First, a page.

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Harold L. Volkmer

 
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by David T. Hardy

NRA Marks The Passing Of A Second Amendment Giant: Harold L. Volkmer

NRA and American gun owners lost a giant on April 16, 2011, when U.S. Rep. Harold L. Volkmer died in his hometown of Hannibal, Mo. Rep. Volkmer had just celebrated his 80th birthday—a day made more memorable by the hundreds of cards he received from gun owners who appreciated his outstanding service as a warrior for our cause.

Rep. Volkmer had lived in their service, and he died in their service. As a member of the prestigious NRA Executive Council, Volkmer attended the NRA Board meeting in January, accompanied, as he always was, by his beloved wife, Dian. Soon after the meeting, he was hospitalized for months with pneumonia, but that didn’t stop him from telephonically chairing a meeting of the Committee on Elections in March.

When he passed on, Rep. Volkmer was receiving rehabilitation in a nursing home, where he continued to work as a trustee of the NRA Civil Rights Defense Fund, evaluating proposals for pro-gun litigation, research and education, and submitting recommendations on grant applications for fund action.

“We received Harold’s last recommendation for a legal case in New York shortly after his death,” Defense Fund Chairman William H. Dailey said. “He literally served our cause, and our rights, to the end.”

“Working alongside Harold Volkmer, I learned that if you are determined in this town not to lose and you are willing to fight every day for what you believe in, you can beat the powers that be,” said NRA Executive Vice President Wayne LaPierre. “Harold was a steadfast leader in the fight for civil liberties who courageously fought for Second Amendment freedom—that’s what saved American gun owners.”

To fully understand his service to us all, look back to when Volkmer was a 55-year-old congressman on the House Judiciary Committee. The 1968 Gun Control Act was still in its original form. The Bureau of Alcohol, Tobacco and Firearms (BATF) was barely a decade old, and its management was determined to rise in the world of Washington on the backs of firearm owners through a campaign of harassment and systemic abuse of an entire class of citizens.

Alleged violations under the Gun Control Act required no proof of illegal intent. Just as with a parking ticket, the fact that one thought he had obeyed the law was no excuse. But this was no parking ticket—every violation was a felony. The Gun Control Act punished unlicensed “engaging in the business of dealing in firearms” without defining what that was, yet courts held that a collector selling four to six guns over a year had “engaged in the business.” Targeted collectors at gun shows would be hauled away in handcuffs and their entire collections confiscated on the grounds that their guns were “intended to be used” in future violations.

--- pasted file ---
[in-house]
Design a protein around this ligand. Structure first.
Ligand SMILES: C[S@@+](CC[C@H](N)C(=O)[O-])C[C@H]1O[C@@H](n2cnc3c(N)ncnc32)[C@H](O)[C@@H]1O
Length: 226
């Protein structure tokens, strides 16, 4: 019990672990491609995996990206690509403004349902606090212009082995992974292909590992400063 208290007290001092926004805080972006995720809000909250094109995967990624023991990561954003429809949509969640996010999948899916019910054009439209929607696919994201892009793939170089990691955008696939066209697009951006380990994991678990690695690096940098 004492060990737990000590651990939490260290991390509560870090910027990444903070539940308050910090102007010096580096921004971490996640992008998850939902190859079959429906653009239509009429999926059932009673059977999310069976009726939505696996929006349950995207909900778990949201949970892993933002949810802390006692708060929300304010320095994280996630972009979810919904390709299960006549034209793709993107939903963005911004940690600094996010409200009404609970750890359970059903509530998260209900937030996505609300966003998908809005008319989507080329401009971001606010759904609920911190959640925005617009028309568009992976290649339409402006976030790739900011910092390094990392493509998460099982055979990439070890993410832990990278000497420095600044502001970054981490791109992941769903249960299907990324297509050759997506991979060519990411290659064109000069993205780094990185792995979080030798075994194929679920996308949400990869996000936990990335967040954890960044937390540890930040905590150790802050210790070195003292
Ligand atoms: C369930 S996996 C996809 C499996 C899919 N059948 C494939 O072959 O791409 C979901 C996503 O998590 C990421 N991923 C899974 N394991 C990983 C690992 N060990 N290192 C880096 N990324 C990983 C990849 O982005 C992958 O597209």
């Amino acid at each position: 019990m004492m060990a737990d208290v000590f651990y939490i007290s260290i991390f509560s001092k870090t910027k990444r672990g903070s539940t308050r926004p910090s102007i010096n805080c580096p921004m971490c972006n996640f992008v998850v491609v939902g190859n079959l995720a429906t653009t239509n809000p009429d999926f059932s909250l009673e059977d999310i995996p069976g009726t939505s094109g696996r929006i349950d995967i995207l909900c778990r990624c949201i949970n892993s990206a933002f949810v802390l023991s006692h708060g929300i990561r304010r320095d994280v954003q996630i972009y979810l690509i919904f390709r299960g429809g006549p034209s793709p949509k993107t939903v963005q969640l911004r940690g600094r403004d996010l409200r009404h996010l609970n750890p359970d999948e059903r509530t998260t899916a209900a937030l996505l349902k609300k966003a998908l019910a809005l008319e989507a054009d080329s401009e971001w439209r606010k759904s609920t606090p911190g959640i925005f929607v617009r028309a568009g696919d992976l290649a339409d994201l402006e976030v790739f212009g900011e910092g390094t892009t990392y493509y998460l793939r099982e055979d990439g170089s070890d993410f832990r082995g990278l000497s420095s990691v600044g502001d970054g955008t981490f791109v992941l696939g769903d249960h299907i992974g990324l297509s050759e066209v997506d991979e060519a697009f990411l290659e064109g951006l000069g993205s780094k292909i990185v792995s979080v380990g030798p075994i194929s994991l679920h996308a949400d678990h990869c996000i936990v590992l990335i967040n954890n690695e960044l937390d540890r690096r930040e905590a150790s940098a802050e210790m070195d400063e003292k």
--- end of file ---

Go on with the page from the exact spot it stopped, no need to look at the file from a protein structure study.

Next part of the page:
Dealers were subjected to similar attacks. Paperwork errors would justify seizure of a dealer’s entire inventory and revocation of his license. Even if the collector or dealer won acquittal, the agency still held the firearms or proceeded to revoke the license (a practice the Supreme Court upheld). Few had enough money to fight two or three separate legal battles, so even acquitted dealers and collectors often simply gave up.

The fledgling NRA Institute for Legislative Action pressed for congressional hearings which exposed horror stories nationwide: A disabled veteran who had won acquittal after an enraged federal judge dismissed the flimsy charges, but whose gun shop failed because he couldn’t get his inventory returned; collections and inventories seized, unboxed and thrown into 55-gallon drums, ruining their value even if the owner secured their return; a Maryland police officer convicted of charges so technical that when a senator inquired about his actions, BATF’s director wrote back that the claims must be false because the conduct described was legal.

“Other collectors are so scared that they will not talk to old friends, for fear that their friends might be informants. People are afraid to talk over the phone, as a conversation might be recorded.”
—A Maryland collector, 1978

Decades later, Rep. Volkmer would say that if BATF’s rogue actions had not been stopped, gun ownership as we know it today would not exist. That’s no overstatement.

Starting in 1979, Rep. Volkmer and U.S. Sen. James A. McClure introduced parallel bills that would extensively change the Gun Control Act—requiring proof of criminal intent for most violations; providing that firearms must be returned and license revocations stopped if the person was found not guilty or won dismissal; and defining “engaged in the business of dealing” as repetitive sale for the primary reason of making a profit. The bills also provided for awards of attorneys’ fees to gun owners who won legal proceedings, restricted confiscations based on the “intended to be used” standard, and allowed interstate transportation of firearms through areas with onerous state gun laws, among many other reforms.

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